American Poetry in the Age of Whitman and Dickinson

Posts Tagged ‘abolitionism

Variation on a Historical Theme

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I’ve been trying to get a fix on antebellum popular song, something that’s hard to do when you can’t read music. Something that’s probably hard to do anyway, since there aren’t any recordings. But even without reading music, it’s fun to nose around through the sheet music of the time. Something that’s easy to do thanks to American Memory, the Library of Congress website, which has an endless supply of it (drawn from the archives of Brown, Duke, and the Library of Congress itself).

What sort of stuff can you find there? Stuff like “Aunt Harriet Becha Stowe” (1853), an anti-abolitionist minstrel song with words by Charles Soran, music by Charles M. Stephani. I posted a page of the sheet music the other day, with a transcription of the lyrics. What follows are some contextual comments, of the sort I might make in the classroom … a first attempt to assimilate song to my account of the period’s poetic cultures.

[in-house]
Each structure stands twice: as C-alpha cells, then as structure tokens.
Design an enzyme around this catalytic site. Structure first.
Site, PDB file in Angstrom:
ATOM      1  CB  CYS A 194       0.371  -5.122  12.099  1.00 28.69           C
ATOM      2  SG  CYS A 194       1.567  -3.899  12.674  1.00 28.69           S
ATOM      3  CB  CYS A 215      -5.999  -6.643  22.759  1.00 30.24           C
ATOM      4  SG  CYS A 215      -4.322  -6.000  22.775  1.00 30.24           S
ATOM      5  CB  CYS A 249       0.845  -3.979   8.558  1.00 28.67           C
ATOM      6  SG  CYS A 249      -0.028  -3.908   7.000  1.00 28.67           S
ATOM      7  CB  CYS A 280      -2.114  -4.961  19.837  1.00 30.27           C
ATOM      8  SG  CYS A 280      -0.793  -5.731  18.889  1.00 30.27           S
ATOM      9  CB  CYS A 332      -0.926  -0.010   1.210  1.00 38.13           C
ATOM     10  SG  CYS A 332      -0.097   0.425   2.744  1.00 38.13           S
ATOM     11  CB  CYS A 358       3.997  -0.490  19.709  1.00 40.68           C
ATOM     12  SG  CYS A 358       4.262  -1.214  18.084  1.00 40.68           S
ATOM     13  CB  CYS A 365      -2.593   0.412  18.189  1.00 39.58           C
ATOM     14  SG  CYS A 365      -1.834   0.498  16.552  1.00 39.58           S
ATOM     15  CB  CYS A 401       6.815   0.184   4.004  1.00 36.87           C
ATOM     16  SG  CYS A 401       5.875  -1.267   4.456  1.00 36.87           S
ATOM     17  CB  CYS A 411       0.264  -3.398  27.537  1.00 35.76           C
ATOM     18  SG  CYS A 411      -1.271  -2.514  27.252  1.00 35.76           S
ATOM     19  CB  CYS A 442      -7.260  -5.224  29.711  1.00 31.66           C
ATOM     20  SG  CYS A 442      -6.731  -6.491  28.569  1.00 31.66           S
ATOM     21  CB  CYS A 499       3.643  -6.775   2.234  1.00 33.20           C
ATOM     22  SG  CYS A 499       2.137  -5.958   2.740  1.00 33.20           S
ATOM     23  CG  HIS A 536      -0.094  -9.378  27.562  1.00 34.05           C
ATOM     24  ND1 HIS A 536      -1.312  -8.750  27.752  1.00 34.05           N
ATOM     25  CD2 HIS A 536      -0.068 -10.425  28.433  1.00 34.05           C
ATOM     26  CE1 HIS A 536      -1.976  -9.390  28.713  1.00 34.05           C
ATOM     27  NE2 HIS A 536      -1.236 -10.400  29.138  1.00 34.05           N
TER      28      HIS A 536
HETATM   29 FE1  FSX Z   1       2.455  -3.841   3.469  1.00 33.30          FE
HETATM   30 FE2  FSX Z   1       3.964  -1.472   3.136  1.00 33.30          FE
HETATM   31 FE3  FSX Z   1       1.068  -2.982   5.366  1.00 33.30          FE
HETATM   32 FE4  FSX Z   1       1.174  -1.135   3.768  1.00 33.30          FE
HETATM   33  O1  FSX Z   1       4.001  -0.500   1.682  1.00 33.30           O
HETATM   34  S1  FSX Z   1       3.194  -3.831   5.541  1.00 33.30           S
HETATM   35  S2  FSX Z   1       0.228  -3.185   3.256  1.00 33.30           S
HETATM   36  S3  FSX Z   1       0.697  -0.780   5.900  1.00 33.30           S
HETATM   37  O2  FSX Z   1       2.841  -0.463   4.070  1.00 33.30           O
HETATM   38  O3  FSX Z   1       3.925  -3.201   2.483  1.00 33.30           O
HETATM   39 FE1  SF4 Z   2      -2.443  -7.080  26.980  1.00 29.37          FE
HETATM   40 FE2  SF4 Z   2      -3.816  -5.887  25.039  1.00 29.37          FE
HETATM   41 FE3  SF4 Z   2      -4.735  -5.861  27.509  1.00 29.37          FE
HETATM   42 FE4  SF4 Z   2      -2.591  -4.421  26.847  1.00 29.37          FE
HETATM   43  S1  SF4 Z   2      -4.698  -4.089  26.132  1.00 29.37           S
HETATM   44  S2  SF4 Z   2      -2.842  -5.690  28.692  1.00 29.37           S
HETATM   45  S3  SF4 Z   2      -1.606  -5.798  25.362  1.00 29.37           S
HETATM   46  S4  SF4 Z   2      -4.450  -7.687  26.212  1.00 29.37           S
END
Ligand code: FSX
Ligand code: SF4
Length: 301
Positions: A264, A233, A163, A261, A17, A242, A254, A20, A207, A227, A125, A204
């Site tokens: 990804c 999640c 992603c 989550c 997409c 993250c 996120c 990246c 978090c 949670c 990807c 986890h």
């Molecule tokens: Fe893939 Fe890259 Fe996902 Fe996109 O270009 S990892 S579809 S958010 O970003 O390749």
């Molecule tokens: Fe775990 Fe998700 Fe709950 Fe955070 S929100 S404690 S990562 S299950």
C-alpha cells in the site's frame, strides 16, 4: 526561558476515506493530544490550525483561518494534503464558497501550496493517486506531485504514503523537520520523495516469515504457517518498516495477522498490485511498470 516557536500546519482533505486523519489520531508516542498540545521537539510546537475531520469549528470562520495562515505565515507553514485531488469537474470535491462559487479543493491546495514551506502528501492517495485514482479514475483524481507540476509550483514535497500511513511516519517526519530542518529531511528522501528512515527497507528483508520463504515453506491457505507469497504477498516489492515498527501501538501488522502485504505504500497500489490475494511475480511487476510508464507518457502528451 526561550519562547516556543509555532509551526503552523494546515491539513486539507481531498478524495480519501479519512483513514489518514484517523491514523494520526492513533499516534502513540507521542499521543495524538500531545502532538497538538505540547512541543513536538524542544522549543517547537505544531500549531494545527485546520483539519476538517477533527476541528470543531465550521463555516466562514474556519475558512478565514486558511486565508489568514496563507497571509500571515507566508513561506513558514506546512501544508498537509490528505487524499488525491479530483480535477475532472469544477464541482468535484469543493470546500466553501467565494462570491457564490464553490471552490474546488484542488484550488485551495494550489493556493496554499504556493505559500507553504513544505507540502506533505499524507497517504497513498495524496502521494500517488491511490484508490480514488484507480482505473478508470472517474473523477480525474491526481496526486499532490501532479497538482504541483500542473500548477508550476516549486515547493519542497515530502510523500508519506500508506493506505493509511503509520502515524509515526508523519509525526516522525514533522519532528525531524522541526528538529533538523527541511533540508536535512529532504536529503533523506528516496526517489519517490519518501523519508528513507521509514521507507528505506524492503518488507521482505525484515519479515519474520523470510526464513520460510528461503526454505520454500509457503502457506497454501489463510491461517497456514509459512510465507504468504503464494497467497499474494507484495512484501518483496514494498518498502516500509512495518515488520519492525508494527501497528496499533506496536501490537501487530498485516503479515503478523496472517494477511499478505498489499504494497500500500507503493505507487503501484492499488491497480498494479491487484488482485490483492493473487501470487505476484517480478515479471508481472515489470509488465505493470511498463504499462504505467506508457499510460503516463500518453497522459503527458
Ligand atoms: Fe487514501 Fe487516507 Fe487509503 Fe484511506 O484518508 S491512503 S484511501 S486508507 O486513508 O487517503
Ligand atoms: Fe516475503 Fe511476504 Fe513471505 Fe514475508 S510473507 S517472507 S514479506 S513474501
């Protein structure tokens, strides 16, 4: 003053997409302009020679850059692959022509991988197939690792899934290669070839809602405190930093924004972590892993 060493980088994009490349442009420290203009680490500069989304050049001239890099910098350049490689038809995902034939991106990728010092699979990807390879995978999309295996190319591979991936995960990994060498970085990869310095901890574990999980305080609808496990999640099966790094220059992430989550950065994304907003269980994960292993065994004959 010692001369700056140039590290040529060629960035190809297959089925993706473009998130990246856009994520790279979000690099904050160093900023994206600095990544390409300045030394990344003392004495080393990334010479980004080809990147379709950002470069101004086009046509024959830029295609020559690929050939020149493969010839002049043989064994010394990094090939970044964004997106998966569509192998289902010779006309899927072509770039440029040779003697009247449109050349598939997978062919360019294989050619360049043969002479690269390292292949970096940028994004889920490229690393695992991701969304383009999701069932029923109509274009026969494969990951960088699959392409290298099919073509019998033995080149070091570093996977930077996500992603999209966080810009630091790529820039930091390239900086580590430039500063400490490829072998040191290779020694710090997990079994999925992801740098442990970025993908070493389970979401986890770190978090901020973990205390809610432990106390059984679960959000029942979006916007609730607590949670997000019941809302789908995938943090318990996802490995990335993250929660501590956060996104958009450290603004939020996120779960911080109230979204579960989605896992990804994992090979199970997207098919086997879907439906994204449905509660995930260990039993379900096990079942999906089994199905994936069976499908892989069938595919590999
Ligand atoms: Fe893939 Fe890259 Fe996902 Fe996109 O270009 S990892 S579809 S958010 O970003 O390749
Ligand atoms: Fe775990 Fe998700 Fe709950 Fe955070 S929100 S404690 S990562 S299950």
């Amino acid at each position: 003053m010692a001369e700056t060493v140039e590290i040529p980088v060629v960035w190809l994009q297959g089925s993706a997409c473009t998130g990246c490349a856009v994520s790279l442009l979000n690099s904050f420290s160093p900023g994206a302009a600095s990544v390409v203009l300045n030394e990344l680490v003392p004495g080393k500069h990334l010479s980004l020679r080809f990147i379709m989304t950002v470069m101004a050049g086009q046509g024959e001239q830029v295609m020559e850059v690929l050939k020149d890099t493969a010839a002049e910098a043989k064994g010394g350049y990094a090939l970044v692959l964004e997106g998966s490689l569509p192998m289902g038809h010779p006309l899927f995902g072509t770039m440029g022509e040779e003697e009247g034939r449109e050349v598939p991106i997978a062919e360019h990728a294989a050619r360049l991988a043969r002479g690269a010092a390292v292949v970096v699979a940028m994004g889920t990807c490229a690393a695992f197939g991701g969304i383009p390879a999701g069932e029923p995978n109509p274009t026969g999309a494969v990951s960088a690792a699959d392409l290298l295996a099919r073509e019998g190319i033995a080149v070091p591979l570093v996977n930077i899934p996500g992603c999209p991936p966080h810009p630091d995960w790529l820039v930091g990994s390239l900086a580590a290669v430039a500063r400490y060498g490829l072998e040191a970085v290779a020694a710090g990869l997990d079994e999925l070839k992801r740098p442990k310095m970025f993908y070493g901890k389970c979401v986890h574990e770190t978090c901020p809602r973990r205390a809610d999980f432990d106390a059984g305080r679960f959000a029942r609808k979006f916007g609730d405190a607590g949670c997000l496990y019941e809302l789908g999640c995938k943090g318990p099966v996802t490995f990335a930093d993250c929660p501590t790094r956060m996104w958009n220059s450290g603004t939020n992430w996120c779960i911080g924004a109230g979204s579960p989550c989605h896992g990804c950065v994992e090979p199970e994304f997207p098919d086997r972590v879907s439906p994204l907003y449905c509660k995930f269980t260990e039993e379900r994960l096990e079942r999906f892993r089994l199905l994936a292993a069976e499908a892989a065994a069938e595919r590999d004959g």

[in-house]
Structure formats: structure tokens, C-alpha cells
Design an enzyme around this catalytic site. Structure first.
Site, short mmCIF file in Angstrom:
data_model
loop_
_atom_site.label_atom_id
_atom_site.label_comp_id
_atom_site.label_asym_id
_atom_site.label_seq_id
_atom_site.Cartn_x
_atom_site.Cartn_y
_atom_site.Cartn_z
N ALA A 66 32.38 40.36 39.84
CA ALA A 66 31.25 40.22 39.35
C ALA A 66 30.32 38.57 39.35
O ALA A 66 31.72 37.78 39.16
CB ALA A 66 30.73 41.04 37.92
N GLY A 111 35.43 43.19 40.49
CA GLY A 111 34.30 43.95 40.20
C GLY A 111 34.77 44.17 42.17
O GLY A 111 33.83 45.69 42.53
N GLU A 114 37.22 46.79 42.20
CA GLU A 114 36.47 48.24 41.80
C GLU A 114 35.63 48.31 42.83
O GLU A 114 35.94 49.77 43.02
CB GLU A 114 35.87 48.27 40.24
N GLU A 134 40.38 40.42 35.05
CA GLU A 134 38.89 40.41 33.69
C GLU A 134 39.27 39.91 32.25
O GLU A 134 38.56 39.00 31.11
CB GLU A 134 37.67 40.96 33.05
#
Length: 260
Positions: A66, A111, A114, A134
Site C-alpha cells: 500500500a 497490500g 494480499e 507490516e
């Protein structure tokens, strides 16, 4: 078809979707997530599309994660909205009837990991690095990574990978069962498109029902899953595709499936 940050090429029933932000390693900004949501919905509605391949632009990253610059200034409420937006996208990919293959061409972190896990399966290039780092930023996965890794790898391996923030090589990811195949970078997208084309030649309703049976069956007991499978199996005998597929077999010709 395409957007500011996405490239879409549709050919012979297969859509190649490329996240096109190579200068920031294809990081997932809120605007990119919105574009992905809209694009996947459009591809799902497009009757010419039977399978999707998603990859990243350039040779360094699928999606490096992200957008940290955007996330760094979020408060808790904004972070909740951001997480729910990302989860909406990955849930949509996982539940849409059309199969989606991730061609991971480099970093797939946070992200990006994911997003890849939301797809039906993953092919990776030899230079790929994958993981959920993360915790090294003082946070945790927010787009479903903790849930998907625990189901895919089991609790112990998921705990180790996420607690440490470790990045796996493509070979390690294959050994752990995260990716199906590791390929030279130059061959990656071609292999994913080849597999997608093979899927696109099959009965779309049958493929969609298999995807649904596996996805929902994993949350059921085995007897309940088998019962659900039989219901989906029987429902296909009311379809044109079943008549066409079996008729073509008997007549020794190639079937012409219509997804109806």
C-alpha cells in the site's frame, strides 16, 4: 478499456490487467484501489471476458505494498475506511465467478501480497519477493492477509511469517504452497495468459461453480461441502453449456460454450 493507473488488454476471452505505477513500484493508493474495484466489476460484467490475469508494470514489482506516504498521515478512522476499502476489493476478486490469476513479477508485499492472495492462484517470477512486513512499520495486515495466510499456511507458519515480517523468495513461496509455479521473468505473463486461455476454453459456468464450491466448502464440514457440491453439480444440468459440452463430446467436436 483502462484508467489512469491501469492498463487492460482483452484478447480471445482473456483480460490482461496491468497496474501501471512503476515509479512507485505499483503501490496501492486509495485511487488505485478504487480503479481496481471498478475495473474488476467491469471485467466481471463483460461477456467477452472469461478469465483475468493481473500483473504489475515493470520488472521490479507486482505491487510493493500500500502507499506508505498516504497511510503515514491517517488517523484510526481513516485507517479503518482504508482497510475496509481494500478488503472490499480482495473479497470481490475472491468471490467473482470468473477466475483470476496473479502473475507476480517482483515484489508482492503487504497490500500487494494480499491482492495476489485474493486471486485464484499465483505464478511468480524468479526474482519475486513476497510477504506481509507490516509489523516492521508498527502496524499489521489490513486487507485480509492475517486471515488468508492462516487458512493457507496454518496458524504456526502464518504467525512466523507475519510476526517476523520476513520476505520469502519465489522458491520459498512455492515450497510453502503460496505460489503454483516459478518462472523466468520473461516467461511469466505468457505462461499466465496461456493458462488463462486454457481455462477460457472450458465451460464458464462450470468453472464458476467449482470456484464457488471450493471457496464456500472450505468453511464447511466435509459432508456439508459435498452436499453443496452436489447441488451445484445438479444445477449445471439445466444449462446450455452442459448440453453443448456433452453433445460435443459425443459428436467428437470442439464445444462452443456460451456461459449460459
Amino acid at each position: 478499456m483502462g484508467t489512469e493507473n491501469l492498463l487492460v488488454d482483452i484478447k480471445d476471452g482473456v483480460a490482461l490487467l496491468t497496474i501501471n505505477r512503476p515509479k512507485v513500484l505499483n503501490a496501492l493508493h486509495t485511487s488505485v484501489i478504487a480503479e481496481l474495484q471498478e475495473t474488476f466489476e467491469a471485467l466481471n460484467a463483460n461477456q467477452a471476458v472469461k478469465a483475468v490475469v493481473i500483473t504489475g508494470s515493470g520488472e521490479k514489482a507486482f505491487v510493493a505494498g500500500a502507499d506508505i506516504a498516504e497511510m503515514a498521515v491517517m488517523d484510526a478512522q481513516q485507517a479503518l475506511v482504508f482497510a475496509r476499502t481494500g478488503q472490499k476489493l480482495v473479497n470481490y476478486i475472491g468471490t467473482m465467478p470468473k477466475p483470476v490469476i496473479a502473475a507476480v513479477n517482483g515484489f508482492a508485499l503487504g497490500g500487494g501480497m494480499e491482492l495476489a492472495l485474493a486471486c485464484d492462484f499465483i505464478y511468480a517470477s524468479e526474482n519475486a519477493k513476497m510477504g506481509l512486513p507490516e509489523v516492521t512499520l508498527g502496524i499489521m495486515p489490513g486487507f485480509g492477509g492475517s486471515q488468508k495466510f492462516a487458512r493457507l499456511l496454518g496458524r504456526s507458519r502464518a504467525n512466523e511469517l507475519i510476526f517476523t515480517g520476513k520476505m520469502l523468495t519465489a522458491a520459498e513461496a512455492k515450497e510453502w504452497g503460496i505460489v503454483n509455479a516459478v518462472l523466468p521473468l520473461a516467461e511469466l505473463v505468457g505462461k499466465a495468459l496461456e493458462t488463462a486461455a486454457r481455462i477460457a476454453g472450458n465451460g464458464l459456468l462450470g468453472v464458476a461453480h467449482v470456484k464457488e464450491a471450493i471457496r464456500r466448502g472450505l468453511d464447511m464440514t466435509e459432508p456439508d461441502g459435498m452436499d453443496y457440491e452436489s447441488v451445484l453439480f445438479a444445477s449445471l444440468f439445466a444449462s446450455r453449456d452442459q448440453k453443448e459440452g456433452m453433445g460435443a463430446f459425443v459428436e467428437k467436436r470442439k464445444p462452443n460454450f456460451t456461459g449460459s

I singled out this song in part because there’s a recording (link here) at one of my favorite websites, Uncle Tom’s Cabin & American Culture; in part because the song illustrates so nicely the way art takes shape in response to historical events. And by “events” I don’t mean the overarching events like slavery and class stratification that gave shape to minstrelsy as a whole (a subject treated extensively by scholars, my favorite of these being William T. Lhamon in Raising Cain). I mean the more easily forgotten episodes that produce topical songs. “Topical” as in a medicine: something applied to the surface of the social body. Of course, when hucksters sell medicine, the result is often poison, and that’s the case here.

I won’t be speaking of the song as song, only of the sheet music as literary artifact. Not that I lack interest in the music. Rather, I feel inadequate to the task, not knowing, for instance, how accurate the recording might be in its instrumentation, performance style, or adherence to the score. I will say, though, that the available rendition — by Japher’s “Original” Sandy River Minstrels — reminds me of a record I had as a boy, from which I learned a number of classic children’s songs, among them two minstrel numbers that outlived blackface: “Jimmy Crack Corn” and “Oh! Susanna.” But to the sheet music… Read the rest of this entry »

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